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Soy vs Paraffin Candles The Great Debate

You may have heard stories recently about the benefits of soy wax, or about how paraffin wax is unhealthy or not good for you. In this article we will examine the myths and rumors and give the straight facts on both soy and paraffin wax candles and allow you to see what the truth and fuss is all about. Before we start, it is important for you to know what the actual difference is between soy and paraffin waxes, and to see how each are produced. Let's start with paraffin wax, the most common wax to create candles with today. If you purchase a candle that isn't marked as soy, beeswax, or any other special blend of wax, chances are that you have purchased a candle that is made from a paraffin blend of wax. Paraffin wax is a heavy hydrocarbon that comes from crude oil.

Paraffin waxes are produced by refining or separating the waxes out of crude mineral oils. Obtained from the ground, crude oil is a compositionally varied product, consisting of a mixture of hydrocarbons. Another name for crude oil is fossil fuel. Crude oil is transported to refineries where it is refined into finished products by complex processes. One of the many products derived from refining is lubricating oil.

It is from the lube oil refining process that petroleum waxes are derived. There are three general categories of petroleum wax that are obtained from lube oil refining. They include paraffin, microcrystalline and petrolatum. Paraffin waxes are derived from the light lubricating oil distillates.

Paraffin waxes contain predominantly straight-chain hydrocarbons with an average chain length of 20 to 30 carbon atoms. Soy wax, on the other hand is made from vegetable matter. Soy wax is a vegetable wax made from the oil of soybeans. After harvesting, the beans are cleaned, cracked, de-hulled, and rolled into flakes. The oil is then extracted from the flakes and hydrogenated.

The hydrogenation process converts some of the fatty acids in the oil from unsaturated to saturated. This process dramatically alters the melting point of the oil, making it a solid at room temperature. The leftover bean husks are commonly used as animal feed. The U.

S. grows the vast majority of the world's soybeans, primarily in Illinois, Iowa, and Indiana. So now that you know how both soy and paraffin candles are made, let's take a look at some of the advantages and disadvantages of both types. There are a lot of myths surrounding soy candles. Most of these are designed to sell soy candles better, and have very little truth in them.

A great example is the great "no soot" myth. Sites that sell soy candles love to say that there is absolutely no soot produced with a soy candle. However, there is no truth and all hype to that claim. Absolutely, positively, and most importantly, scientifically, all organic compounds when burned will emit some carbon (soot) due to incomplete combustion.

Sooting is primarily a factor of wick length and disturbance of the flame's steady teardrop shape. There is no such thing as a soot-free candle. Further, while soy wax is all-natural and will not produce the thick black soot that you see on some paraffin containers, it does produce soot.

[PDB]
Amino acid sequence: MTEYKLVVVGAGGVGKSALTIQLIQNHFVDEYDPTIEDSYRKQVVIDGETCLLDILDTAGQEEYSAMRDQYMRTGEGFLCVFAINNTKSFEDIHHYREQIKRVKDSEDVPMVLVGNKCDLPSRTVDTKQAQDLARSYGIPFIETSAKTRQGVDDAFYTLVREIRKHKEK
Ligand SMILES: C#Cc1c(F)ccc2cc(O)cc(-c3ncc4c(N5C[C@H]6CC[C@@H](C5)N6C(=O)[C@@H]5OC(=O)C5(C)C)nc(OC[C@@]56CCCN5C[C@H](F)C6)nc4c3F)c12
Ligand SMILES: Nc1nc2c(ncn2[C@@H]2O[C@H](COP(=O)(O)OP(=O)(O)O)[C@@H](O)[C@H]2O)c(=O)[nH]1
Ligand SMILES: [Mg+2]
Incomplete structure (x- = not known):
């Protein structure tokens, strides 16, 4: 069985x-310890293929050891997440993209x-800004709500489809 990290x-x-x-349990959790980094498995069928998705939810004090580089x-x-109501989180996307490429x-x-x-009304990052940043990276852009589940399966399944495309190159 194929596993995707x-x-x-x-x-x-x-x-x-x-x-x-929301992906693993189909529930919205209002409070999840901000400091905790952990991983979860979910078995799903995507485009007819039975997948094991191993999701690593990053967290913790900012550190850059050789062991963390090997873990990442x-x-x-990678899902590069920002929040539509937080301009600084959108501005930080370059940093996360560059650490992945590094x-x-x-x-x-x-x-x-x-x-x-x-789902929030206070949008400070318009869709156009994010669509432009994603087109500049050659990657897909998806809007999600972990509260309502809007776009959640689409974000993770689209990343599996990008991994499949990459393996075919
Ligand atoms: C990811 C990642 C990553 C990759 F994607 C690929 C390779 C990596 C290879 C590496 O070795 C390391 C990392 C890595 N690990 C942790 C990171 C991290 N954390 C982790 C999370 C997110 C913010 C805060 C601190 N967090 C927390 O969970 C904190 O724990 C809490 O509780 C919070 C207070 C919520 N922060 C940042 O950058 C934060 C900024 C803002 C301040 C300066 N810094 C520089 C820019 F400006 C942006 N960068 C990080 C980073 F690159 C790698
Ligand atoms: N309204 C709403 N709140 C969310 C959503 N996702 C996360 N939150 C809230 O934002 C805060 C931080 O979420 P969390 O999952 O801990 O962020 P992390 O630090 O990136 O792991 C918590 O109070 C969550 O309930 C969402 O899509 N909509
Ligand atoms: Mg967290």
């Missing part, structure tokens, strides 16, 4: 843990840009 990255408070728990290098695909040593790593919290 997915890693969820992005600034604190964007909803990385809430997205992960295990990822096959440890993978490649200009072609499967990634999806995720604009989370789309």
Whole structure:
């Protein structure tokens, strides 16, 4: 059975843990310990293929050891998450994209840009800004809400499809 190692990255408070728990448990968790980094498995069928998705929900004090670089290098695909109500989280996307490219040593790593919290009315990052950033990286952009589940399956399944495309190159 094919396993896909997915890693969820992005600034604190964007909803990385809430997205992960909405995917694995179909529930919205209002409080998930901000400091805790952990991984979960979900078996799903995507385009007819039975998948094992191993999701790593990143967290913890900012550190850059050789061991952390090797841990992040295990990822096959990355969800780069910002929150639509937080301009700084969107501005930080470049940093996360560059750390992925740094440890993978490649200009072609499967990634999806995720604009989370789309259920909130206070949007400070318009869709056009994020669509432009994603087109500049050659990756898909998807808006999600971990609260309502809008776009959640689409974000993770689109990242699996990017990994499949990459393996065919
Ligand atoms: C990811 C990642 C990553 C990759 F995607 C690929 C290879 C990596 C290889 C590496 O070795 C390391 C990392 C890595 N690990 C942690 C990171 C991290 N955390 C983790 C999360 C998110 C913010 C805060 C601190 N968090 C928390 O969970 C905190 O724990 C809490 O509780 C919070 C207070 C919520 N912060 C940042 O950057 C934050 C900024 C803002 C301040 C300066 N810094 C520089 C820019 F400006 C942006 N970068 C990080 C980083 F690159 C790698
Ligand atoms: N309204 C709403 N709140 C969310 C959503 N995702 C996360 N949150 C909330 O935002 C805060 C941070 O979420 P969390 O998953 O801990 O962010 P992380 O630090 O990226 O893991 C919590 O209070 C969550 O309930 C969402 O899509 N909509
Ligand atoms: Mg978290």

An important fact to remember is that not all soot is black. Soot can be a "white soot" that cannot be seen with the naked eye. Soy wax will produce little black soot - unless the candle is improperly wicked, made, or burnt, but it may produce white soot. But before you get scared of soot, let me tell you, that soot is in fact not harmful to you.

Candle soot is composed primarily of elemental carbon particles, and is similar to the soot given off by kitchen toasters and cooking oils. These everyday household sources of soot are not considered a health concern, and are chemically different from the soot formed by the burning of diesel fuel, coal, gasoline, etc. So the myth of "soot free soy candles" is not only inaccurate, but simply an effort by some companies to scare the general public into buying their candles. With that being said, there are some benefits to purchasing soy wax candles. While petroleum based paraffin wax is a limited resource, soy wax is a renewable resource that is limited only by how many soybeans we can grow.

It is also beneficial to farmers who sell soybean crops, as well as lasting almost twice as long as paraffin wax. However, soy wax is naturally a "soft" wax. While container candles, tealights, and small tarts may be made entirely of soy, it is extremely difficult to make good pillar candles and votives out of 100% pure soy wax. Additives are used to make them better, but in most cases, paraffin wax is still a much better solution for those types of candles.

In my own company, Mystickal Incense & More, we use a blend of 50% soy wax and 50% paraffin wax for our free-standing candles. In the end, both paraffin wax and soy wax are both good choices for candle wax. Neither is more "environmentally friendly" than the other, as there has never been scientific evidence that paraffin wax is harmful to your health in any way at all.

It is a personal choice of which type you prefer to use, and both types hold scent and dye just as well. The only benefit that there is in all reality, is that container candles using soy wax do burn longer. And it does benefit the farmers of the Mid-western United States. However, most other claims regarding soy wax are false and/or misleading.

Stephanie Davies is a 27 year old Missourian with a loving husband and an 8 year old son. She currently owns her own business, Mystickal Incense & More, and sells handmade candles, incense, bath & body products and more at http://www.mystickalincense.com


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